1.The Notice of Motion Application before me is dated October 5, 2021. It was filed by the Petitioner on October 5, 2021 pursuant to Article 22 (1), 23 (3) (a) and (b) of the Constitution of Kenya, Rule 19 (Protection of Rights and Fundamental Freedoms) Practice and Procedure Rules 2013 and all other enabling provisions of the law. It seeks the following reliefs:1.…spent2....spent3.THAT pending the hearing and determination of this petition, a permanent injunction be and is hereby issued restricting the 1st Respondent, his agents and/or servants from trespassing and/or otherwise dealing with Land Registration Number 564 Chepareria, West Pokot County;4.THAT this Honorable Court be (sic) do issue an order of judicial review in terms of Certiorari to bring into this Honorable Court and quash the decision of the 2nd Respondent dated 07/02/2018;5.THAT this Honorable Court do issue an order of judicial review in the nature of Prohibition to stop the 2nd Respondent from registering half of Land Registration Number 564 in the name of the 1st Respondent;6.THAT the costs be provided for.
2.The Application was premised on the grounds espoused in the Application and further supported by the Petitioner’s Affidavit and statutory statement annexed to the Petition. The main stay of the Application is that the Petitioner became the proprietor of Land Registration Number 564 Chepareria, West Pokot County in 1972 adjacent to Land Registration Number 562 belonging to his sister, Chepocheu. However, in his Affidavit, he deposed that Chepocheu is the 1st Respondent’s sister. Upon her relocation to Ortum, the 1st Respondent became the caretaker of his sister’s parcel of land.
3.In 2008, it came to the attention of the Petitioner that the 1st Respondent had encroached on his land. The 1st Respondent placed a restriction on the suit land. This prompted the Petitioner to file a complaint with the Adjudication Officer. After hearing both parties, the Adjudication Officer ruled in favor of the Petitioner. The 1st Respondent, being dissatisfied with the said decision, appealed to the 2nd Respondent.
4.By a Judgment of the Court delivered on February 7, 2018, the 2nd Respondent ordered that the suit property be shared equally between the Petitioner and the 1st Respondent. In the Petitioner’s view the orders were issued bereft of reason and contrary to the provisions enshrined in Article 40 of the Constitution. The Petitioner accused the 2nd Respondent of bias and casting aspersions on him. The decision was annexed to the Affidavit and marked as AW.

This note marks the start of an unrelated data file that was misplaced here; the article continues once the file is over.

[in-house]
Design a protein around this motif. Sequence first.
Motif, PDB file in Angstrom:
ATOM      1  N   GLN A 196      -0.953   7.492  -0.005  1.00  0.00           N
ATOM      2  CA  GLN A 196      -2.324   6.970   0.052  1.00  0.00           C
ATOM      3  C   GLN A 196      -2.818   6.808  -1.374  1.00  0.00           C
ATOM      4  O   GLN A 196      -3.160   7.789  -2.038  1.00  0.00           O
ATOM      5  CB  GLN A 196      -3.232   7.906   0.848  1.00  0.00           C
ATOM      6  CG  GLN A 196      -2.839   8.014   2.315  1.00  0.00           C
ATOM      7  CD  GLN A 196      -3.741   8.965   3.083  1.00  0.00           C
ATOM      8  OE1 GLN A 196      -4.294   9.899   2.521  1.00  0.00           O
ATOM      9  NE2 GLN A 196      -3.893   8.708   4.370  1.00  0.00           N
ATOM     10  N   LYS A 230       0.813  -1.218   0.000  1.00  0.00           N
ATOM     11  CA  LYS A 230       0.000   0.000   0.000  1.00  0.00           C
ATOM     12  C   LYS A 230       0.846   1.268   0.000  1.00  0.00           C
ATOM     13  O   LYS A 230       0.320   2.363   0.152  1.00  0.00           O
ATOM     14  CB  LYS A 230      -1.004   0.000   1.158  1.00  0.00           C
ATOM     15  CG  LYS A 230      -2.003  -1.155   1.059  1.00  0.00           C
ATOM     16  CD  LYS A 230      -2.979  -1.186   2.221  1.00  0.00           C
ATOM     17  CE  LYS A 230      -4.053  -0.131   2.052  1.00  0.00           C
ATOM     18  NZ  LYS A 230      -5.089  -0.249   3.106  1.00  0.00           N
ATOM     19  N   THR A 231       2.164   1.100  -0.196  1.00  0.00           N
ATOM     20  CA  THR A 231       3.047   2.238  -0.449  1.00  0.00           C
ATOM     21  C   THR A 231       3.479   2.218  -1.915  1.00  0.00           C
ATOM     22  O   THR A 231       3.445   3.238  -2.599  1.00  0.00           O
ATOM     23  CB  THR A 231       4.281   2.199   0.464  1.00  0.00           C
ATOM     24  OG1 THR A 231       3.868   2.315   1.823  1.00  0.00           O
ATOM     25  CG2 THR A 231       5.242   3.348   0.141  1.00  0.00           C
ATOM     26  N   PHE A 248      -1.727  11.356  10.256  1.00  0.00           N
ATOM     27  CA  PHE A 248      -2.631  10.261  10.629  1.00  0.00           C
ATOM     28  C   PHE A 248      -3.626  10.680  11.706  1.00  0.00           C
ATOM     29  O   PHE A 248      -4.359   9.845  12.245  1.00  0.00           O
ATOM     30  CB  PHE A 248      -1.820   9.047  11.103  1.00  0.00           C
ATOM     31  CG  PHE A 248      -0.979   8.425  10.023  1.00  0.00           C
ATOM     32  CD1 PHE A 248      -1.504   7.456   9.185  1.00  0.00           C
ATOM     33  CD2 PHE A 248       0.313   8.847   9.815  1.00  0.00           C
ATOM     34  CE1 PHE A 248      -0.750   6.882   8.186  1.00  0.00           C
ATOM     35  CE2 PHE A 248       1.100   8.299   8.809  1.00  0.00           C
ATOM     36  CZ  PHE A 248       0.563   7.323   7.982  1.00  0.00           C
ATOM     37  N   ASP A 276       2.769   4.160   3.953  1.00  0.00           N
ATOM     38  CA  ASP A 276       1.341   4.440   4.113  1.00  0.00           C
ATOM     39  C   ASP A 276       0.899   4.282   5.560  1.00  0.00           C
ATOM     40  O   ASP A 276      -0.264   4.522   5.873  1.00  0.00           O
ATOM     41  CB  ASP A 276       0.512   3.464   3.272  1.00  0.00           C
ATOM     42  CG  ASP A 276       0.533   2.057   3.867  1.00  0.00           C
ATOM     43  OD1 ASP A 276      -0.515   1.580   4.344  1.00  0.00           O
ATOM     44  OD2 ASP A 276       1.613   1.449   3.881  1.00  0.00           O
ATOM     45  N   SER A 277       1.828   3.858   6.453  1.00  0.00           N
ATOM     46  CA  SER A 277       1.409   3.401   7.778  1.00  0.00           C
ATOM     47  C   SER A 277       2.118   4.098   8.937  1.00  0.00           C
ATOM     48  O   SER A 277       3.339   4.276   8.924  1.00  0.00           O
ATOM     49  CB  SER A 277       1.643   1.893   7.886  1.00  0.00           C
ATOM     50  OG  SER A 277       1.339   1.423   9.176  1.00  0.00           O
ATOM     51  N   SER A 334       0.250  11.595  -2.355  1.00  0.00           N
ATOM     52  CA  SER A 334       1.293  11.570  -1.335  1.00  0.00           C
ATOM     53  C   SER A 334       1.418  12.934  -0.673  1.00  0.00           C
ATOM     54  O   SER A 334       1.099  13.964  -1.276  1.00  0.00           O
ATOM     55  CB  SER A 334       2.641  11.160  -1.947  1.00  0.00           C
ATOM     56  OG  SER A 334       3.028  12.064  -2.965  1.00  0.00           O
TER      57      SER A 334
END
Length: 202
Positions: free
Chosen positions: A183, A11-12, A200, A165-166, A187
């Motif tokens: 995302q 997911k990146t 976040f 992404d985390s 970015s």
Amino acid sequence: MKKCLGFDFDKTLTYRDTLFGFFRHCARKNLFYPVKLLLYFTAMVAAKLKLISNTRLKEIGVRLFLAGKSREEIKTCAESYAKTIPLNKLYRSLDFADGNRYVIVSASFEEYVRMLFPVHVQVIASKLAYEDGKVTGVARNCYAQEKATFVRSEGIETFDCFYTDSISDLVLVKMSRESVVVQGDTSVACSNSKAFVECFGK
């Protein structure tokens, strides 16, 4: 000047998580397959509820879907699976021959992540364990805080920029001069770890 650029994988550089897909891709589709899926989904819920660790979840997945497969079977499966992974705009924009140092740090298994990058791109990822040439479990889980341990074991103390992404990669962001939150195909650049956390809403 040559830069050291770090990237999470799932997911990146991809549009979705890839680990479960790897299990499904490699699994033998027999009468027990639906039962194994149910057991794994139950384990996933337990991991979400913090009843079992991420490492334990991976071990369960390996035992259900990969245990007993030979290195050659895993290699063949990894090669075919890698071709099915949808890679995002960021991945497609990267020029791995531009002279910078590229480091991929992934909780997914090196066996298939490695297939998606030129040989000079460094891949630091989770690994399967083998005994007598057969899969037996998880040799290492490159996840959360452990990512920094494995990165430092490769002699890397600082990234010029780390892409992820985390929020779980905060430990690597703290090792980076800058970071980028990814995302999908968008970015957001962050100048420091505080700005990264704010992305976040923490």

5.The Petitioner was aggrieved by the said decision. He holds the 2nd Respondent culpable for disturbing his legitimate expectation and constitutional right to ownership of property and acting ultra vires the Constitutional dictates. In view of the foregoing, the Petitioner advanced that he would stand to suffer prejudice if the orders sought were not granted. Finally, he added that it was in the interest of justice that the orders sought are granted.
6.The Application was opposed by the 1st Respondent. He accused the Petitioner of forum shopping as the subject matter had been litigated upon in other fora that included the “Arbitration Tribunal”, the Minister (supposedly in charge of land and settlement), which was sued through the 2nd Respondent and the Kapenguria SPM Court. He deposed that the Petitioner could not challenge the decision of the 2nd Respondent. He averred that the law relating to adjudication of disputes stated that the decision of the 2nd Respondent was final pursuant to Sections 26 and 29 of the Land Adjudication Act Cap 284 Laws of Kenya.
7.The 1st Respondent posited that the Petitioner had filed SPMCC ELC No. 7 of 2018 wherein the Court dismissed the suit on the strength of his Preliminary Objection. While the 1st Respondent indicated that he annexed a copy of the ruling marked CL1, he did not. He deposed that decision of that Court had never been disturbed.
8.The 1st Respondent interpreted this Petition as an appeal against the decision of the 2nd Respondent. He argued further that the issues raised by the Petitioner fell within the ambit of Judicial Review which the Petitioner had failed to pursue. The 1st Respondent challenged the Petition in totality stating that the issues were in the nature of an appeal but craftily guised as a Constitutional Petition. He stated that the Petition was guilty of material non-disclosure. Finally, he deposed that the Petition lacked merit and was for dismissal.